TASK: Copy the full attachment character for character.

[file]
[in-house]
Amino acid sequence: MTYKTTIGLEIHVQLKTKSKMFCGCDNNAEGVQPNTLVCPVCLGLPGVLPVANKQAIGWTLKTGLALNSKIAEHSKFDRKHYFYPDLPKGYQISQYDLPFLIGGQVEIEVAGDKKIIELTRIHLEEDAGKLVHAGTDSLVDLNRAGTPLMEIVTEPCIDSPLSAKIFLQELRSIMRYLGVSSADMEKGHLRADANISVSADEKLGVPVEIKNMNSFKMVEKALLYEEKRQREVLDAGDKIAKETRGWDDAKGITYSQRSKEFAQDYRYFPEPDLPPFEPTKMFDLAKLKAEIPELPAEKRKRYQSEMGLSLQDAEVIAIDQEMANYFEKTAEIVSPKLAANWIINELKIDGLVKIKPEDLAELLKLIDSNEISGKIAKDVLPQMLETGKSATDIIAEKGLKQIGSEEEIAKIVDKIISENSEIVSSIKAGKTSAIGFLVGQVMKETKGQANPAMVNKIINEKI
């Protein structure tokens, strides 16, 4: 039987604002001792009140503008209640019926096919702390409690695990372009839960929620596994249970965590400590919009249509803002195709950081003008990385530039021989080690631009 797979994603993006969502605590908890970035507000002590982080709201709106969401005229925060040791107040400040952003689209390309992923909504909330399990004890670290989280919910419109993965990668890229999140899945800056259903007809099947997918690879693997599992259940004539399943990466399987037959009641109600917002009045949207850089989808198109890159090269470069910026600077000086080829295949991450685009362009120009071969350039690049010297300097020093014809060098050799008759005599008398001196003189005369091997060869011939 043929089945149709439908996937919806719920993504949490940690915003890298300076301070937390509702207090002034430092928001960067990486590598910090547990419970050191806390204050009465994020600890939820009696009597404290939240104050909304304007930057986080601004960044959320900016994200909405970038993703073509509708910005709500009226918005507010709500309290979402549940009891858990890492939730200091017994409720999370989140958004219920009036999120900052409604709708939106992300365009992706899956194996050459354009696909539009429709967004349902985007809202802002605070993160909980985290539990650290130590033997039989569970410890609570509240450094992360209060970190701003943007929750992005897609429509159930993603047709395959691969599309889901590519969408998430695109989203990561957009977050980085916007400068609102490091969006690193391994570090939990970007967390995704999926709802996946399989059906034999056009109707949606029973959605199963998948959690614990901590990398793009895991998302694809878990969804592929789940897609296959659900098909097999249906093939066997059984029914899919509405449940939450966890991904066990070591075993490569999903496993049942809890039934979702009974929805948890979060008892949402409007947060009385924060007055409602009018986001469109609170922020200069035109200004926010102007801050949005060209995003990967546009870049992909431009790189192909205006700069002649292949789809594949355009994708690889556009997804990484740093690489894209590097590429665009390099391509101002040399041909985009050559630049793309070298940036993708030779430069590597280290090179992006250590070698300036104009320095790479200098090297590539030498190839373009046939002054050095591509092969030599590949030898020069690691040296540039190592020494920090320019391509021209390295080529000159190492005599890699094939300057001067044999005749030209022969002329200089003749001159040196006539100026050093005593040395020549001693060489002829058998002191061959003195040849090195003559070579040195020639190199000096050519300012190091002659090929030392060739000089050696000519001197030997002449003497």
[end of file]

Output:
[in-house]
Amino acid sequence: MTYKTTIGLEIHVQLKTKSKMFCGCDNNAEGVQPNTLVCPVCLGLPGVLPVANKQAIGWTLKTGLALNSKIAEHSKFDRKHYFYPDLPKGYQISQYDLPFLIGGQVEIEVAGDKKIIELTRIHLEEDAGKLVHAGTDSLVDLNRAGTPLMEIVTEPCIDSPLSAKIFLQELRSIMRYLGVSSADMEKGHLRADANISVSADEKLGVPVEIKNMNSFKMVEKALLYEEKRQREVLDAGDKIAKETRGWDDAKGITYSQRSKEFAQDYRYFPEPDLPPFEPTKMFDLAKLKAEIPELPAEKRKRYQSEMGLSLQDAEVIAIDQEMANYFEKTAEIVSPKLAANWIINELKIDGLVKIKPEDLAELLKLIDSNEISGKIAKDVLPQMLETGKSATDIIAEKGLKQIGSEEEIAKIVDKIISENSEIVSSIKAGKTSAIGFLVGQVMKETKGQANPAMVNKIINEKI
């Protein structure tokens, strides 16, 4: 039987604002001792009140503008209640019926096919702390409690695990372009839960929620596994249970965590400590919009249509803002195709950081003008990385530039021989080690631009 797979994603993006969502605590908890970035507000002590982080709201709106969401005229925060040791107040400040952003689209390309992923909504909330399990004890670290989280919910419109993965990668890229999140899945800056259903007809099947997918690879693997599992259940004539399943990466399987037959009641109600917002009045949207850089989808198109890159090269470069910026600077000086080829295949991450685009362009120009071969350039690049010297300097020093014809060098050799008759005599008398001196003189005369091997060869011939 043929089945149709439908996937919806719920993504949490940690915003890298300076301070937390509702207090002034430092928001960067990486590598910090547990419970050191806390204050009465994020600890939820009696009597404290939240104050909304304007930057986080601004960044959320900016994200909405970038993703073509509708910005709500009226918005507010709500309290979402549940009891858990890492939730200091017994409720999370989140958004219920009036999120900052409604709708939106992300365009992706899956194996050459354009696909539009429709967004349902985007809202802002605070993160909980985290539990650290130590033997039989569970410890609570509240450094992360209060970190701003943007929750992005897609429509159930993603047709395959691969599309889901590519969408998430695109989203990561957009977050980085916007400068609102490091969006690193391994570090939990970007967390995704999926709802996946399989059906034999056009109707949606029973959605199963998948959690614990901590990398793009895991998302694809878990969804592929789940897609296959659900098909097999249906093939066997059984029914899919509405449940939450966890991904066990070591075993490569999903496993049942809890039934979702009974929805948890979060008892949402409007947060009385924060007055409602009018986001469109609170922020200069035109200004926010102007801050949005060209995003990967546009870049992909431009790189192909205006700069002649292949789809594949355009994708690889556009997804990484740093690489894209590097590429665009390099391509101002040399041909985009050559630049793309070298940036993708030779430069590597280290090179992006250590070698300036104009320095790479200098090297590539030498190839373009046939002054050095591509092969030599590949030898020069690691040296540039190592020494920090320019391509021209390295080529000159190492005599890699094939300057001067044999005749030209022969002329200089003749001159040196006539100026050093005593040395020549001693060489002829058998002191061959003195040849090195003559070579040195020639190199000096050519300012190091002659090929030392060739000089050696000519001197030997002449003497």